Enzymes in Beer: Alpha and Beta Amylase

by Brad Smith on October 2, 2021 · 0 comments

This week I take a look at the differences between alpha and beta amylase which act during the mash to convert longer starch chains to simple sugars in beer.

Alpha vs Beta Amylase

Enzymes are naturally produced in malted barley during the malting process. Chief among these are alpha amylase and beta amylase. They are available in higher quantities in lighter colored base malts, and the base malted barley in your grain bill provides the bulk of the enzymes used in the mash.

These enzymes break down longer starch molecules into simpler sugar molecules that can be consumed by yeast during fermentation. As a side note, amylase also is naturally present in saliva and helps to sweeten some starches as you eat them. Alpha amylase is a common digestive enzyme, while beta amylase is associated with seed germination (during malting) and also fruit ripening.

Beta amylase is arguably the main producer of fermentable sugars. It chops maltose molecules from the non-reducing end of a starch chain. It is effective at breaking down both amylose and amylopectin and also limits dextrines which effectively reduces the body of the beer. It is most active in the lower mash temperature range of 60-65C (140-149F), and also the low pH range of 5.1-5.3.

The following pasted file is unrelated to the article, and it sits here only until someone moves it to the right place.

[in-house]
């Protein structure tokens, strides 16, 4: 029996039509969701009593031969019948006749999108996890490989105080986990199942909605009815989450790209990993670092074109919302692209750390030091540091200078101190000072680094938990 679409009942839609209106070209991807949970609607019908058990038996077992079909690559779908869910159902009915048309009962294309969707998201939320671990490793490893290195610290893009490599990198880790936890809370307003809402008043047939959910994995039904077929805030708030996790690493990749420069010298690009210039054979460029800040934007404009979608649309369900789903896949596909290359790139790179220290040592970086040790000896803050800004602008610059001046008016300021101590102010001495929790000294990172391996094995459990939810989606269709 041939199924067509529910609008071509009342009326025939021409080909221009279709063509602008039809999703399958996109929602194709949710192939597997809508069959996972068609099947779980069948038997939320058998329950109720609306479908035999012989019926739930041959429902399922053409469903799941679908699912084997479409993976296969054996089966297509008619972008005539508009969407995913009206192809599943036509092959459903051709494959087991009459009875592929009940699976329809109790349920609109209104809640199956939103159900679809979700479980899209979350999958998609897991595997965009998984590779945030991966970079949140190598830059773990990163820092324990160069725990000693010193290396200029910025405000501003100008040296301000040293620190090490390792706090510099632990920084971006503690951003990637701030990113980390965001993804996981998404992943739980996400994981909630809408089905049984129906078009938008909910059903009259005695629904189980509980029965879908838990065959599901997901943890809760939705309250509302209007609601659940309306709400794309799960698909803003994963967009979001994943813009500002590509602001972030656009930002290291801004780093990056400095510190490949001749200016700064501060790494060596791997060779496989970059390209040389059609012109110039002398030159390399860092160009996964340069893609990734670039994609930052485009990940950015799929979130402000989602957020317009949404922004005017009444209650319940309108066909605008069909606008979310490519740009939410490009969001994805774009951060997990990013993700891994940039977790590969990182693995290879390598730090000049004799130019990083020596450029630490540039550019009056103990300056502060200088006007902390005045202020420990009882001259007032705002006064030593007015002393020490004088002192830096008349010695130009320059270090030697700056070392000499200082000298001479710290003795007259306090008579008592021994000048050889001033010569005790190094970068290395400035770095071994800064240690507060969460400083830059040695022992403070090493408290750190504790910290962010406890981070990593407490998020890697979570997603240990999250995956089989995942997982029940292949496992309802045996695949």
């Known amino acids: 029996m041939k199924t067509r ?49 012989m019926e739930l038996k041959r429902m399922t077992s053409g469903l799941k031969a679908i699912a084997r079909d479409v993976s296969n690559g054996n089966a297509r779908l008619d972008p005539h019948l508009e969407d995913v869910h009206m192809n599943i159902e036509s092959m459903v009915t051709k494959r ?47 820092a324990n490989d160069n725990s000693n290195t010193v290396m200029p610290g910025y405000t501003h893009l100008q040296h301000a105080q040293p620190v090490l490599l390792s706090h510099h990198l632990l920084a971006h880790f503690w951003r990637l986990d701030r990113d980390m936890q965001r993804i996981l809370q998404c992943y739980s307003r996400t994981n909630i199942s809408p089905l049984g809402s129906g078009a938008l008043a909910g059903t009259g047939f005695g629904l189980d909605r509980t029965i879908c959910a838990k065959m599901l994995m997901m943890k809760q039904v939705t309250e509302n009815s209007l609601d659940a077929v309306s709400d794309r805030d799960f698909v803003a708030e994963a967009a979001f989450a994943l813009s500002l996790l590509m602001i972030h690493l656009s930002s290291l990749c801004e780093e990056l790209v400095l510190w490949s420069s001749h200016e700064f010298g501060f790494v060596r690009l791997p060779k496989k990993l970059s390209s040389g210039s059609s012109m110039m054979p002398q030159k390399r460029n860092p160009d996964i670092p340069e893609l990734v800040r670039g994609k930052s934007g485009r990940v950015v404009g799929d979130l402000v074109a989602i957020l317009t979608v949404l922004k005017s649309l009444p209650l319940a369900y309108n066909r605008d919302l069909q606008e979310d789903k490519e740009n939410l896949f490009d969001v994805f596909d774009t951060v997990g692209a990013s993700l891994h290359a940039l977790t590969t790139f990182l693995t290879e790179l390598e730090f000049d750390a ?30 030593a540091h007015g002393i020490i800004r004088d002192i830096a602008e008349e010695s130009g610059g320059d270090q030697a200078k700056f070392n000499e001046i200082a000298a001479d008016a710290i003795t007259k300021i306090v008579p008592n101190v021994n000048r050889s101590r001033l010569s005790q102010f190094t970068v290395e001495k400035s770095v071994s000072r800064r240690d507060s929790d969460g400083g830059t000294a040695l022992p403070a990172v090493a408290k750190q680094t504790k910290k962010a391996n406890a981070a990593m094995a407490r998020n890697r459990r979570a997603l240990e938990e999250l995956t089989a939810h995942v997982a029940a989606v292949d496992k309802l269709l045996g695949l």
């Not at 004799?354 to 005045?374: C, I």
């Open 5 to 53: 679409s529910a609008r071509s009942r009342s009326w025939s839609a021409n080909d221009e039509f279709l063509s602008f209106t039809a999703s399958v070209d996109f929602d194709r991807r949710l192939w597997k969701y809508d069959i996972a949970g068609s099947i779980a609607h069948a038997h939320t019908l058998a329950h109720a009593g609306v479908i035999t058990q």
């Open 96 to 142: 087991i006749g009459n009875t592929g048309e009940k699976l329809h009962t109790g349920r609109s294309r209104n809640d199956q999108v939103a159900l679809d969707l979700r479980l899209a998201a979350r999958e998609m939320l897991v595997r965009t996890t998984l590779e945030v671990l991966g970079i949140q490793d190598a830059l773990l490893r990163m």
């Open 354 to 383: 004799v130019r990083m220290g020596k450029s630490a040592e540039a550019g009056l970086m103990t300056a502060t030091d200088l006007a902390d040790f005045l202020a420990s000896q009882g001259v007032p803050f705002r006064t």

Alpha amylase has high concentrations in pale malt and especially 6 row barleys. It chops molecules randomly into longer glucose chains, and is also effective on amylose and amylopectins. Because alpha amylase chops randomly, it can create unfermentable dextrins as well as shorter fermentables like maltose. It reaches peak activity at a higher temperature around 70C (158F) and a pH of 5.3-5.7.

Temperature and Mash pH Strategies

Because alpha and beta amylase are most active in different temperature ranges and also different pH ranges, you can alter the mash pH and temperature of the main conversion step to achieve different results.

I covered the major strategies you can use in a more detailed article here which I highly recommend reading. That article covers the four major mash temperature strategies and also how you can target different mash pH ranges to achieve a particular result in the beer.

Thanks for joining me on the BeerSmith Home Brewing Blog. Be sure to sign up for my newsletter or my podcast (also on itunes…and youtube) for more great tips on homebrewing.

Related Beer Brewing Articles from BeerSmith:

Enjoy this Article? You'll Love Our BeerSmith Software!
  Don't make another bad batch of beer! Give BeerSmith a try - you'll brew your best beer ever.
Download a free 21 day trial of BeerSmith now

{ 0 comments… add one now }

Leave a Comment

Previous post:

Next post: